Tags:At the opening of John Crutchfield's one-man show, The Songs of Robert, when it was just the empty stage and Crutchfield with a grocery cart full of ephemera portraying an arthritic bluesman with a thick accent, I must admit I thought, "Oh no."
One-person plays can be hard. So can dialects. So can lines spoken in verse. And character sketches. Robert has all of that, and (Chall Gray — owner of The Magnetic Field where Robert currently runs — told me this) Crutchfield and producers keep removing pieces of the already bare bones set because with less, Crutchfield is able to do more. While the character of the blues man is actually an important and ultimately likable one — rather a sage guide through the play — it was after his first appearance that I began to get the play and relax into story as it unfolded.
From the blues man, Crutchfield shape shifted (you know how in hokey movies, the drama coach announces "happy" with an exaggerated grin and then slides a hand over his face, resurfacing with an exaggerated frown, announcing "sad"? — it's kind of like that, but without the hoke factor) into a John Deere cap-wearing banjo-playing father. NASCAR is not mention, but it's likely that this character (Robert's dad) is a racing fan. There's also, in fairly rapid succession, a literature teacher in pearls, a gym coach with a whistle and a high school stoner.
Each character tells a piece of the story of Robert. Actually, it's not much of a story. Robert is a boy trying to work up the nerve to ask a particular girl to the prom. That's it. And, in a way, the sheer simplicity is what makes Robert brilliant. (That, and that Crutchfield can write such a play and perform all the characters and play the music on both guitar and banjo and write poetry and memorize 90 minutes-worth of lines. Oh, and dance. And rap. And probably bake a perfect souffle and run a six-minute mile, though those last two talents are not revealed in Robert.) The story line is little more than a canvas, allowing the play's multitude of characters to tell their own stories by way of telling Robert's.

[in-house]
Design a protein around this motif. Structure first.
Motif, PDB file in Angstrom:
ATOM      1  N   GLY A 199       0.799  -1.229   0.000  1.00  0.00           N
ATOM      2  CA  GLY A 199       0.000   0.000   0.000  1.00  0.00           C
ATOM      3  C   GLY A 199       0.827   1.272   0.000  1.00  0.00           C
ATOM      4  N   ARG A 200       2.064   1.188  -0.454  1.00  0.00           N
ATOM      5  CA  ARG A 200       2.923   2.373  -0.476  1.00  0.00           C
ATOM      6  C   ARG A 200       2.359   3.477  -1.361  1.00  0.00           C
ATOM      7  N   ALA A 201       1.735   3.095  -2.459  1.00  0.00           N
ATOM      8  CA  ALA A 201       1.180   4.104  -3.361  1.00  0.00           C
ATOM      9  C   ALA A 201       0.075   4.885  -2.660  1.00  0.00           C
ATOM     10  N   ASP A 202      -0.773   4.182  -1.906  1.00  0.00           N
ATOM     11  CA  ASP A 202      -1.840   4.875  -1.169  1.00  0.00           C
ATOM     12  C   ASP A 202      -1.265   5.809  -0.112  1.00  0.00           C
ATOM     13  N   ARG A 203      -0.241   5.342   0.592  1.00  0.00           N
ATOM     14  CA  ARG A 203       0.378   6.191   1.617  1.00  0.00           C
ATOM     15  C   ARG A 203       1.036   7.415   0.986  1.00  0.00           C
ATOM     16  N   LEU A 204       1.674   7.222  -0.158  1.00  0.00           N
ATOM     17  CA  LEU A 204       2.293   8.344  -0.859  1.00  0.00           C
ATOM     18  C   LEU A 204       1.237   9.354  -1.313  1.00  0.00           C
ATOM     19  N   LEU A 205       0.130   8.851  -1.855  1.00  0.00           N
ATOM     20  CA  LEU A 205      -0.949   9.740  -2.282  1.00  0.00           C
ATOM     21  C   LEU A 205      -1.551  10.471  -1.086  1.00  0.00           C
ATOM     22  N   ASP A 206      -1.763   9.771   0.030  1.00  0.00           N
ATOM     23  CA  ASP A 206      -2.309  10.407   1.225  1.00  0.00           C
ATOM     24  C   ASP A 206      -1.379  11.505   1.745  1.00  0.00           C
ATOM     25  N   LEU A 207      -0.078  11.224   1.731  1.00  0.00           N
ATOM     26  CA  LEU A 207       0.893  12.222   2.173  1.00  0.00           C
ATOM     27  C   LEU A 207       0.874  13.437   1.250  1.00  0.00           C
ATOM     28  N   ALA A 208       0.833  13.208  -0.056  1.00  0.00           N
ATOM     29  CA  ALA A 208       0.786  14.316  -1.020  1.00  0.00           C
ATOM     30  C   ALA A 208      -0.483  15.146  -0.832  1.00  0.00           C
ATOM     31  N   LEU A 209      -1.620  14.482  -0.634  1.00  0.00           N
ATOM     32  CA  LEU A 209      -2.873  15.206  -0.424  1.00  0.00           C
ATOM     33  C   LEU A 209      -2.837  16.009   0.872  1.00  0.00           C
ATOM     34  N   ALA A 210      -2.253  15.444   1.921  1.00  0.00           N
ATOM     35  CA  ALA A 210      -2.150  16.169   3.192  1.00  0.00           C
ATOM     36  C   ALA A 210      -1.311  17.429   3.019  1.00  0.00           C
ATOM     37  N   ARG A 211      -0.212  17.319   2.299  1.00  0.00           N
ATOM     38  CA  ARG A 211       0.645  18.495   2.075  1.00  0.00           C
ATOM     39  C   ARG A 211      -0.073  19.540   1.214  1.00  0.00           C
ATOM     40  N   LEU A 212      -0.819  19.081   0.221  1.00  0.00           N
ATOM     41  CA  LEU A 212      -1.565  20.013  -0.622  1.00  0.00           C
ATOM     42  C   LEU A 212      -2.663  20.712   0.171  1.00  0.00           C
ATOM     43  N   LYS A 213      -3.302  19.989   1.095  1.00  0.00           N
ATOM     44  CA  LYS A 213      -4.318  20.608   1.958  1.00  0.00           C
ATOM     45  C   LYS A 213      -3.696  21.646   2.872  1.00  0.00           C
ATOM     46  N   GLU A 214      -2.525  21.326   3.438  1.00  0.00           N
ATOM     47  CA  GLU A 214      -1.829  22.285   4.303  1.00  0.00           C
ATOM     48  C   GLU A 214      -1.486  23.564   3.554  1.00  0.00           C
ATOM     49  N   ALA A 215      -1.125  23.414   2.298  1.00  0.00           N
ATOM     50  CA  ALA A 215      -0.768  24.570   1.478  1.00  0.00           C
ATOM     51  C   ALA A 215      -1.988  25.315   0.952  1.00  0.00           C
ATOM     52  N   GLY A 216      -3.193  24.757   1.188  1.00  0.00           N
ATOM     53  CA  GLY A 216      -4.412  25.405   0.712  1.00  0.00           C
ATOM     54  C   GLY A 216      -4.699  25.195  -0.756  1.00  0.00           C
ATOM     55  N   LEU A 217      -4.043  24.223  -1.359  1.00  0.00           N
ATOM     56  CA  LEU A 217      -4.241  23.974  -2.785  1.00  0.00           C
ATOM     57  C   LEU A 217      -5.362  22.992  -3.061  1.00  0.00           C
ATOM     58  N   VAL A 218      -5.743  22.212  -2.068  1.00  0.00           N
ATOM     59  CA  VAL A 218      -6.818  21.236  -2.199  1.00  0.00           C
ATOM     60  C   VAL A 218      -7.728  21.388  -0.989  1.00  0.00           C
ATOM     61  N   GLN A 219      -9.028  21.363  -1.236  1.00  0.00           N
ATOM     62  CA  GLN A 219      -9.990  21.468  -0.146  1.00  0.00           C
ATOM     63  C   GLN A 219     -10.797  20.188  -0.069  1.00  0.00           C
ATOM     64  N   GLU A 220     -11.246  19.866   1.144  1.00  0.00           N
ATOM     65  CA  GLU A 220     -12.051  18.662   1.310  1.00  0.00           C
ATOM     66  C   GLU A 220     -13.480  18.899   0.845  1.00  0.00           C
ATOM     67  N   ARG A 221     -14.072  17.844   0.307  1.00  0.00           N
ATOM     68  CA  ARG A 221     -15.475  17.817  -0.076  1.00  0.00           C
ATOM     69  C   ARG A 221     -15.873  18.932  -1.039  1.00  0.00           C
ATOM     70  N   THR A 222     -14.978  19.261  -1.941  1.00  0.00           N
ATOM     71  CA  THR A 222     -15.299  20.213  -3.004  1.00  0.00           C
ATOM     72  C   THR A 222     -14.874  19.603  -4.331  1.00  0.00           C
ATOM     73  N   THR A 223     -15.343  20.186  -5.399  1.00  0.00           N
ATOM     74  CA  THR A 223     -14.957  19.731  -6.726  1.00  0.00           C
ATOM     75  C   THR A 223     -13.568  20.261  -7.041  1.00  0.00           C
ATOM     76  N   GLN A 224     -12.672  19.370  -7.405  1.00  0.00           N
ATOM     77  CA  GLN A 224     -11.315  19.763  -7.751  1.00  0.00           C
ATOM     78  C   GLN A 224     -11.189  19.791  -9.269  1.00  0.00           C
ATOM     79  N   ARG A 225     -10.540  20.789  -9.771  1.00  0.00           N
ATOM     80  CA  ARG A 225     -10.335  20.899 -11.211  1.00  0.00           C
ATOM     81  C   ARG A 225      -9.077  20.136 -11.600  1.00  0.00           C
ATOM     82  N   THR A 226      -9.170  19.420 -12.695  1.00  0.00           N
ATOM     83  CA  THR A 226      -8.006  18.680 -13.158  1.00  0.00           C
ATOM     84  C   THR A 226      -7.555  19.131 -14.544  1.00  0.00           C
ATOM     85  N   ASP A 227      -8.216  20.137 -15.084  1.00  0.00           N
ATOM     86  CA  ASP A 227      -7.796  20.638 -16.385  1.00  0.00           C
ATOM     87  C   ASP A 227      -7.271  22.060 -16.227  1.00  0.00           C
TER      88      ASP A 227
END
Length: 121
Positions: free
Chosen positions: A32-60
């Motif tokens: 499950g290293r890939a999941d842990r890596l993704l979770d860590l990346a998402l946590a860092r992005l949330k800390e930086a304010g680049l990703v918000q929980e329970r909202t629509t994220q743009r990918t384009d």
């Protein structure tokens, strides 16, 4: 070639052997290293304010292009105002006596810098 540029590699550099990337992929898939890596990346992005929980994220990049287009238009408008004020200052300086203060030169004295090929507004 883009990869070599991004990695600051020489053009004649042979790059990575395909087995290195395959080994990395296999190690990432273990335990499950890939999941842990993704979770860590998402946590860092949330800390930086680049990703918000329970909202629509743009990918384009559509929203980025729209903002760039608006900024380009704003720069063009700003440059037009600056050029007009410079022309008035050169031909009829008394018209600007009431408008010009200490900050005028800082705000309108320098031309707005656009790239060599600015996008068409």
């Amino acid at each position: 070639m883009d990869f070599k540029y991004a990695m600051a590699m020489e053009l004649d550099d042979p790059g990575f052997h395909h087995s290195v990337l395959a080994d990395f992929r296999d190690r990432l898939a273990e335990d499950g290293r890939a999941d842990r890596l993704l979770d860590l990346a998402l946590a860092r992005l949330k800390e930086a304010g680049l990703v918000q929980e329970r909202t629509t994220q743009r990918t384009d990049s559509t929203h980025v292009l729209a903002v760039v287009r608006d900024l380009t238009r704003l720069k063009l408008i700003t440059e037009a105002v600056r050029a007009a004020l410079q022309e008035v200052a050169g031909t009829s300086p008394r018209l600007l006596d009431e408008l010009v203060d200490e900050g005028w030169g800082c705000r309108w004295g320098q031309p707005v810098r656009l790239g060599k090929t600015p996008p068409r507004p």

The coach, who begins most of sentences, "Men!" and slowly lets on a surprisingly liberal attitude toward those different from us, is a highlight of the play. So is Robert's Latino guardian angel. Crutchfield morphs from one to the next in smooth gestures and quick-changes of postures and accents. But it's more than dialects and the addition of a hat or backpack or a slide guitar. His entire presence seems to shift, as if a ghost either takes over or leaves his body, or he wakes to the finger snap of a hypnotist.
Some of the characters are deep wells of philosophy: "You best see that your soul is round and bouncy," the coach says, proffering a basketball. Others — a cheerleader with pom-poms and an esoteric chant, and Robert's sister, who does rapid-fire leg-lifts while talking on the phone — are almost sheer entertainment. When Crutchfield slides on a sideways ball cap and shows his bling (an oversized duck pendant on a thick chain) while rapping, I found myself wondering if he was just seeing what he was capable of, how far he could push his character sketches.
Robert nearly bubbles over with hilarity and raw ache; its desire to make a statement about the brilliant moments rooted like sleeping seeds within the monotony of life is palpable. And yet there's no excess, no fluff. Even the cheerleader, even the pissed-off bus driver, even the idle talk of cars ("The engine purring like a panther") hits like a punch to the gut. In a good way. In a way that leaves the audience wanting another.
The Songs of Robert runs for one more week at The Magnetic Field. Thursday, March 31 and Friday, April 1 at 7:30 p.m.; Saturday, April 2 at 7:30 and 10 p.m. $12 and $14. Buy tickets here.